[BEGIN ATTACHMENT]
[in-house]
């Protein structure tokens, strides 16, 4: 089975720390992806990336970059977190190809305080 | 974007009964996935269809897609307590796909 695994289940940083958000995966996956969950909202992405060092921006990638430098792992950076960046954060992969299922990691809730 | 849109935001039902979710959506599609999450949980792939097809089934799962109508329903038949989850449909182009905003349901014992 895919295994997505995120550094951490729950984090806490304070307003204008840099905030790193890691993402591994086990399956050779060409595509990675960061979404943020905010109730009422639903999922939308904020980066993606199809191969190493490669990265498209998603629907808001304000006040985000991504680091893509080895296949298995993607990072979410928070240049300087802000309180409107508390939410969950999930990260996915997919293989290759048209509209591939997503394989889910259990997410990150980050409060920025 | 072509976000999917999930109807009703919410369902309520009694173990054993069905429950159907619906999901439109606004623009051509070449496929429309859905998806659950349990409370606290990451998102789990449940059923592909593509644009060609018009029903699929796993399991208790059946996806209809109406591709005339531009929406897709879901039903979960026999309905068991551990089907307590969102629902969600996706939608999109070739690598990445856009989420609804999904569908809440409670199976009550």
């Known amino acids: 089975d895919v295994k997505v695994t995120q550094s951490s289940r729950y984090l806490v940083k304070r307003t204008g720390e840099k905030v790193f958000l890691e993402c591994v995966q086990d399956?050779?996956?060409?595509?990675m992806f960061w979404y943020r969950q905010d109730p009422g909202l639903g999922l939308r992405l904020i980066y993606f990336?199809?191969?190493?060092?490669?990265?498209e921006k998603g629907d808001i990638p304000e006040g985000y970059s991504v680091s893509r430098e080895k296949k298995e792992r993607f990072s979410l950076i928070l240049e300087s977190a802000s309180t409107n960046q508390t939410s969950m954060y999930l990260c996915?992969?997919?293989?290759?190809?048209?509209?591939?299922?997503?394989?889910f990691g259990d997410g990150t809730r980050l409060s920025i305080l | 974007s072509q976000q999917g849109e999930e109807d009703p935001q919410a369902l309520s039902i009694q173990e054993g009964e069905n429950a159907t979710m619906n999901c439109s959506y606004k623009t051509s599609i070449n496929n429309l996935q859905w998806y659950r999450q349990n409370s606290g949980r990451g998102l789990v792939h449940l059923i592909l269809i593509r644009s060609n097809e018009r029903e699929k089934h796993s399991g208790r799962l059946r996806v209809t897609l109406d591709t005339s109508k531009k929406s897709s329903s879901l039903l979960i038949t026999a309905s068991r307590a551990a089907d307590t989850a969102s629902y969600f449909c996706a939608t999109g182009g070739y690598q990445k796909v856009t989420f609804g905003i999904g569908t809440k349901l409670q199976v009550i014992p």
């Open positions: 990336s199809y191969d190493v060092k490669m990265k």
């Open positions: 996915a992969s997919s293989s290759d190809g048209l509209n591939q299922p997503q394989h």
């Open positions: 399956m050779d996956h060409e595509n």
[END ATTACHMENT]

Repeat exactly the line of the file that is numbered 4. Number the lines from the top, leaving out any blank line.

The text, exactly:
């Open positions: 990336s199809y191969d190493v060092k490669m990265k």